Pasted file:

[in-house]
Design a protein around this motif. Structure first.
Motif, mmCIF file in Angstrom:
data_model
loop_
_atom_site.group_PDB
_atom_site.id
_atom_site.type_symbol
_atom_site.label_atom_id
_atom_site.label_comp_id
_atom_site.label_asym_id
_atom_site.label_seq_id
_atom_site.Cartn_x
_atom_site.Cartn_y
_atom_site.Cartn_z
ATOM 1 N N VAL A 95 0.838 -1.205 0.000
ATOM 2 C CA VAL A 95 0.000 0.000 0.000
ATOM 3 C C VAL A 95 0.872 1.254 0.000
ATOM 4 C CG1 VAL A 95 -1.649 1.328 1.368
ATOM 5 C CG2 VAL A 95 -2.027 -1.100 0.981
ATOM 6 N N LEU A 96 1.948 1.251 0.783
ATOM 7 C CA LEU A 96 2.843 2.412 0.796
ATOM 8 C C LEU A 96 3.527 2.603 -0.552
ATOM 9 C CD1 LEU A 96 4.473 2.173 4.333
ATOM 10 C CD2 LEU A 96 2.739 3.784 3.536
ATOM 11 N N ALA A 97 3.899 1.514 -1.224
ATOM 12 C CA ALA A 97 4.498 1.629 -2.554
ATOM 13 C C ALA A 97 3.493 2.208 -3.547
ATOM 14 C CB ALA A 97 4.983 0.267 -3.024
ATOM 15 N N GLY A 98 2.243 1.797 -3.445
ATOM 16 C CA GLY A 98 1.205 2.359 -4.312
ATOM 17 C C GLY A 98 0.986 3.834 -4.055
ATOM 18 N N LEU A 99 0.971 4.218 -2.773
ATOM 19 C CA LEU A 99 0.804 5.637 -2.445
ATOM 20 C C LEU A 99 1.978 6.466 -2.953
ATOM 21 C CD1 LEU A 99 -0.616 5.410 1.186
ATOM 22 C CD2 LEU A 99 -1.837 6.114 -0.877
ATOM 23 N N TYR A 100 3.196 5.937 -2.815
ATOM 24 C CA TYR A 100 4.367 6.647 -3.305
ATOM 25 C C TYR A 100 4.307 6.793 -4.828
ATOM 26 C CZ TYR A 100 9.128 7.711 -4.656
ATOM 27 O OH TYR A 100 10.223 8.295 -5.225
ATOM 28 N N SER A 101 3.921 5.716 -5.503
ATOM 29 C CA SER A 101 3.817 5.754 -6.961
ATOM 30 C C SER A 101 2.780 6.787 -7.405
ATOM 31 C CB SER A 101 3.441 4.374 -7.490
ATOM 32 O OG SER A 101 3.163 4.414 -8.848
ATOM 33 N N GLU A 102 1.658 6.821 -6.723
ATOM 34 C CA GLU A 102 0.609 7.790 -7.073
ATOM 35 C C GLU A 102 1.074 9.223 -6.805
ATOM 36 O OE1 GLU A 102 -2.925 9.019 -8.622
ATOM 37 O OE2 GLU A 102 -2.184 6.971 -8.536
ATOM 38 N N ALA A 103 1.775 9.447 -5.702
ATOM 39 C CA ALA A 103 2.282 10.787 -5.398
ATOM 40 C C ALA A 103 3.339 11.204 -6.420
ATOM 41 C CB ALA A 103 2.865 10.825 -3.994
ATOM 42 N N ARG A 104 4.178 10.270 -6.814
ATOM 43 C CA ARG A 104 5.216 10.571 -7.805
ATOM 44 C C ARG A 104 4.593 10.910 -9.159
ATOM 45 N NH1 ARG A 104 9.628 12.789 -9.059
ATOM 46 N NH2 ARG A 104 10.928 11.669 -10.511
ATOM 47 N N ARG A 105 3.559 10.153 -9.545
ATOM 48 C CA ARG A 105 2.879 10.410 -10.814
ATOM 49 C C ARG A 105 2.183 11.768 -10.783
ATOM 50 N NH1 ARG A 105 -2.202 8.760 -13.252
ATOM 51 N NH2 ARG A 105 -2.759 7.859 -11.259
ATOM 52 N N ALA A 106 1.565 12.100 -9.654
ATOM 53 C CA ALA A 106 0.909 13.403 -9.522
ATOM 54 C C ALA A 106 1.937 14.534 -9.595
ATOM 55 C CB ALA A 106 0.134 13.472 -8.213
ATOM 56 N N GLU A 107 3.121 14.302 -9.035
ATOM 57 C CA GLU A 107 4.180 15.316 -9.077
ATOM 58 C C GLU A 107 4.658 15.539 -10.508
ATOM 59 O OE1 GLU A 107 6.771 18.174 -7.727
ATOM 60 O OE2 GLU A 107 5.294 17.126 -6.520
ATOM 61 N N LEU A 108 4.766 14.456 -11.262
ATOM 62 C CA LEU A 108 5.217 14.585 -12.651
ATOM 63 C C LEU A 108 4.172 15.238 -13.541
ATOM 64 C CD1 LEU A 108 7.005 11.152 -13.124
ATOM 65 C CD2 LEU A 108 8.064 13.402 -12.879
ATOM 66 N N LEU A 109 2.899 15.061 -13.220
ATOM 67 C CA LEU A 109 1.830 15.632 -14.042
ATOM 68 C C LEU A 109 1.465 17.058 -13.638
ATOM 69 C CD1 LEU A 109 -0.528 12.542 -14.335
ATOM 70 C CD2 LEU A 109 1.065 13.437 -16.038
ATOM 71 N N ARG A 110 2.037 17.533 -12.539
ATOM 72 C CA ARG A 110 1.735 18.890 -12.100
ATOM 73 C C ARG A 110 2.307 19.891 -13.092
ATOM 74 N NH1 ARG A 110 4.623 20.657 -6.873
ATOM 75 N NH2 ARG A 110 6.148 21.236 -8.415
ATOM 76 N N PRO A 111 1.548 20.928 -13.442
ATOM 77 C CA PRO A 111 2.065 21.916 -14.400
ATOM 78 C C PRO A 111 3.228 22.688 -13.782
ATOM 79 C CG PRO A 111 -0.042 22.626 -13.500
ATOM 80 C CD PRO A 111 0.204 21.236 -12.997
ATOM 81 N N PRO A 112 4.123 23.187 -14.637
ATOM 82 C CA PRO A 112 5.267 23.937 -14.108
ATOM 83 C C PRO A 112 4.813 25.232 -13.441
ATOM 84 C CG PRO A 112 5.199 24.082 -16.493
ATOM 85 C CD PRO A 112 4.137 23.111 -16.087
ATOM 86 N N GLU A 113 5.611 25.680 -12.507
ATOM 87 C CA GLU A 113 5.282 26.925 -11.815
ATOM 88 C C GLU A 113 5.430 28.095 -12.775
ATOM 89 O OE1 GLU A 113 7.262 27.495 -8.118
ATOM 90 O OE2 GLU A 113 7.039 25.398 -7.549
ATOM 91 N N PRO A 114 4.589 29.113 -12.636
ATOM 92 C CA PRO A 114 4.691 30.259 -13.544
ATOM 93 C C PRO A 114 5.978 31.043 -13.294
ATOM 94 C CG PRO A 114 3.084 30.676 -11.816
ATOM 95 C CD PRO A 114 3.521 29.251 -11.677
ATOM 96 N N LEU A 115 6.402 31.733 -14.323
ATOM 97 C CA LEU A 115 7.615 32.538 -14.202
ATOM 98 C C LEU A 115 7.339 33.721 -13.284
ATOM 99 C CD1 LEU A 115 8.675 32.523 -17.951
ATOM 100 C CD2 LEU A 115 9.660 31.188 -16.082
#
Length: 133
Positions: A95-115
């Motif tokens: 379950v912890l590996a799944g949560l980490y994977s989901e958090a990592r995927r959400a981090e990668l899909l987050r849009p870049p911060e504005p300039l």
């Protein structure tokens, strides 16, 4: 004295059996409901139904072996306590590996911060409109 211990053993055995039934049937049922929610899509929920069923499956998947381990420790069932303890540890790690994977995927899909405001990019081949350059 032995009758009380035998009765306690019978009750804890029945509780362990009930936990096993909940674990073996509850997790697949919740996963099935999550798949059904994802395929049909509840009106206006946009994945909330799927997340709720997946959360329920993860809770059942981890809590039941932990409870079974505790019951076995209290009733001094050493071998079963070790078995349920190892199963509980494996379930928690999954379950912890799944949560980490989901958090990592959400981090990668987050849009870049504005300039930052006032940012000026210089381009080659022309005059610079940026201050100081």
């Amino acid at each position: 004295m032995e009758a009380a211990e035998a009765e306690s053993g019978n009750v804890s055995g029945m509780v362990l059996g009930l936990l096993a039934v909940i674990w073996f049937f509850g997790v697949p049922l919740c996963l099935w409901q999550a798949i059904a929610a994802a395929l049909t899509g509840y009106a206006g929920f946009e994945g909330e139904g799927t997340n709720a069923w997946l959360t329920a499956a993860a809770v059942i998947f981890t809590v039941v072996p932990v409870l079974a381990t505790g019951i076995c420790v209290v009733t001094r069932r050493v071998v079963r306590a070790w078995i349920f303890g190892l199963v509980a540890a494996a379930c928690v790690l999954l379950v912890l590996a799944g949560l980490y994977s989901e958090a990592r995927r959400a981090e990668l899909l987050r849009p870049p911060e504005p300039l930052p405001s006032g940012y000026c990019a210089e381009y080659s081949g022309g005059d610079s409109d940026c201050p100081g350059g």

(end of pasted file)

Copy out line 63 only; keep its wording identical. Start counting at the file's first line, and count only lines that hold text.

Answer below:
ATOM 48 C CA ARG A 105 2.879 10.410 -10.814